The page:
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Cayman Islands Update: Proposed Legislative Changes following CFATF AML / CFT Mutual Evaluation Report

Background

On 19 March 2019, the Caribbean Financial Action Task Force (“CFATF“) issued its latest assessment of the Cayman Islands’ AML/CTF/CFP regime[1] (the “March Report“). The assessment evaluated technical compliance (i.e. having legislation in place) but also, for the first time for the Cayman Islands, evaluated the effectiveness of Cayman Islands legislation.

Whilst the March Report acknowledged the Cayman Islands’ high level of commitment to ensure that the AML/CTF framework is robust and capable of safeguarding the integrity of the jurisdiction’s financial sector, it also identified gaps in the legislative framework regarding: availability and accuracy of information; interagency coordination and cooperation; international cooperation; and monitoring and enforcement, and provided recommendations on how the regime could be strengthened.

The Cayman Islands is now in a one-year observation period that ends in February 2020.

Outcome

To ensure a positive outcome, a number of legislative changes are proposed to implement recommended actions in the March Report.

For this purpose and following consultation with Industry, thirteen bills amending existing legislation have been proposed as follows:

  • The Companies (Amendment) Bill, 2019
  • The Limited Liability Companies (Amendment) Bill, 2019
  • Trusts (Amendment) (No. 2) Bill, 2019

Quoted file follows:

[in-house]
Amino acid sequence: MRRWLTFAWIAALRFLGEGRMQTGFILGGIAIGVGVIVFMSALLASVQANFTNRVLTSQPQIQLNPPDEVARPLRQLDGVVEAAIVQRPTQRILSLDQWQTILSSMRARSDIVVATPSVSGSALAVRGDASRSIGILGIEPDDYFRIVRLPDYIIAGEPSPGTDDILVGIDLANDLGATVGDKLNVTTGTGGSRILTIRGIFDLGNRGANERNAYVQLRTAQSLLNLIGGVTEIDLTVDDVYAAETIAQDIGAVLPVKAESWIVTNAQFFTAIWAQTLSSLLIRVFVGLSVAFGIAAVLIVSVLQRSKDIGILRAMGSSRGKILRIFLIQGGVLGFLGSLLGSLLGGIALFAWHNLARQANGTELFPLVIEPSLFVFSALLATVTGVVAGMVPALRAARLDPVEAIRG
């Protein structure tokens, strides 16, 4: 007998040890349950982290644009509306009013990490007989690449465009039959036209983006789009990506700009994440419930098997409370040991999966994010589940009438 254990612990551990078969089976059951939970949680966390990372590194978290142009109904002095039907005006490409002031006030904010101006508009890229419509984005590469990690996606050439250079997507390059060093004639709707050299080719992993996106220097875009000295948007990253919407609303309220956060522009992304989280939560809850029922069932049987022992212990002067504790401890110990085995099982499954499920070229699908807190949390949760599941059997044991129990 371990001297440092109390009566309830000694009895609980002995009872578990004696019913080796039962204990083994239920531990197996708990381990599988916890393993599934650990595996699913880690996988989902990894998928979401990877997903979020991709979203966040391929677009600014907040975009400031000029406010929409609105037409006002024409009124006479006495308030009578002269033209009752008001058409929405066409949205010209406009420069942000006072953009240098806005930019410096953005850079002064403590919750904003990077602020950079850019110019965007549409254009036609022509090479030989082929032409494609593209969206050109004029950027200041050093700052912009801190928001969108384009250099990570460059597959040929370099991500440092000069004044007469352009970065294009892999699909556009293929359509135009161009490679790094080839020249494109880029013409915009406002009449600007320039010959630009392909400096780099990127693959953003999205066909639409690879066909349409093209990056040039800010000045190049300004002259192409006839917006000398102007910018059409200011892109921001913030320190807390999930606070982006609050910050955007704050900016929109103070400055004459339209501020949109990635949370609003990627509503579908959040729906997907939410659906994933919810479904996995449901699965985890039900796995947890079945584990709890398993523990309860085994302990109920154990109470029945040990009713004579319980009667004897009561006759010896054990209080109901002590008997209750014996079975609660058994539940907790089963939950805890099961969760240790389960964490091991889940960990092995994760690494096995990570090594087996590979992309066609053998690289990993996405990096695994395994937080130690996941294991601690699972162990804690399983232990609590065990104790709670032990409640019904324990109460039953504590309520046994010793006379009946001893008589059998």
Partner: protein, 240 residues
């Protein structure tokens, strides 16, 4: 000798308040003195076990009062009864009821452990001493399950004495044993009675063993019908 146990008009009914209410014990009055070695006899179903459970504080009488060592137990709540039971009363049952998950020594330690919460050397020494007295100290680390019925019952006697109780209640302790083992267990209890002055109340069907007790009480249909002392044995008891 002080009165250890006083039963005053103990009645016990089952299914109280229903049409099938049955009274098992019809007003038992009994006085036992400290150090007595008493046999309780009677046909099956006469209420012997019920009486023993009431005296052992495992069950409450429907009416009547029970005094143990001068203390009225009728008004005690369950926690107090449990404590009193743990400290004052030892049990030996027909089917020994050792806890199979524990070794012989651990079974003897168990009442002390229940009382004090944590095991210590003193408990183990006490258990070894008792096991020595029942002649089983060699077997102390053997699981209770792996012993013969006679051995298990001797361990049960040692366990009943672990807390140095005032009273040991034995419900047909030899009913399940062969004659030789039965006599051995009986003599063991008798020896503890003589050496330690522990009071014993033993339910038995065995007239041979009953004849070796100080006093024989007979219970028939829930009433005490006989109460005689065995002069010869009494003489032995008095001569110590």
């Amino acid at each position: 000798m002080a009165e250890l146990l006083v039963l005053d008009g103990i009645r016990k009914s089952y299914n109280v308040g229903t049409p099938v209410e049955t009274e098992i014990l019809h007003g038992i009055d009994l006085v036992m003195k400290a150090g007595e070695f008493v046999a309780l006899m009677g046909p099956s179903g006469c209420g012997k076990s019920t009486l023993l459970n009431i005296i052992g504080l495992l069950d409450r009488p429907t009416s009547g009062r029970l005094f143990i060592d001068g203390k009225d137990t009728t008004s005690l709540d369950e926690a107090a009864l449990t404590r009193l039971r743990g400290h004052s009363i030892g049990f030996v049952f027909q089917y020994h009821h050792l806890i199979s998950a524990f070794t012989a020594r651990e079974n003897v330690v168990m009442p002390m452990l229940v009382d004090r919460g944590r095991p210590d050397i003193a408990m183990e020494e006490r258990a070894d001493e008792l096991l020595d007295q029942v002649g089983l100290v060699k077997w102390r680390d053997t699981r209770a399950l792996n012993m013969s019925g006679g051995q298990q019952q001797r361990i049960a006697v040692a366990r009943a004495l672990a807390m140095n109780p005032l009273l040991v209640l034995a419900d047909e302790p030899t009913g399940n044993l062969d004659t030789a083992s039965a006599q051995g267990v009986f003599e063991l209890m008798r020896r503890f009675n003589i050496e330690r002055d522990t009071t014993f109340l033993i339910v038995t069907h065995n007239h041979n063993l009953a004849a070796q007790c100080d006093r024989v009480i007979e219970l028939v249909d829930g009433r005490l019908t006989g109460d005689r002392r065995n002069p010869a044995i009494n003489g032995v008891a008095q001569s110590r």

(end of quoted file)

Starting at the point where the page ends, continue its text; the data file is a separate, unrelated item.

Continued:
• Banks and Trust Companies (Amendment) Bill, 2019
  • The Limited Liability Partnership (Amendment) Bill, 2019
  • Mutual Funds (Amendment) Bill, 2019
  • Insurance (Amendment) Bill, 2019
  • Money Services (Amendment) Bill, 2019
  • Trade and Business Licensing (Amendment) Bill, 2019
  • Building Societies (Amendment) Bill, 2019
  • Cooperative Societies (Amendment) Bill, 2019
  • The Auditors Oversight (Amendment) Bill, 2019
  • Monetary Authority (Amendment) (No. 2) Bill, 2019

The bills will be debated in the Legislative Assembly on 24 July 2019.

Summary of Changes

Of these, the following are noteworthy:

The Companies (Amendment) Bill, 2019

The Companies (Amendment) Bill, 2019 will require that a company’s list of current directors is maintained and made available for public inspection at the Companies Registry.  Inspections will incur a fee of CI$50/US$61 per company.

The period by which a company is required to notify the Registrar of a change of directors or officers of the company will be reduced from sixty days to thirty days (in line with the notice regimes of other laws of other jurisdictions).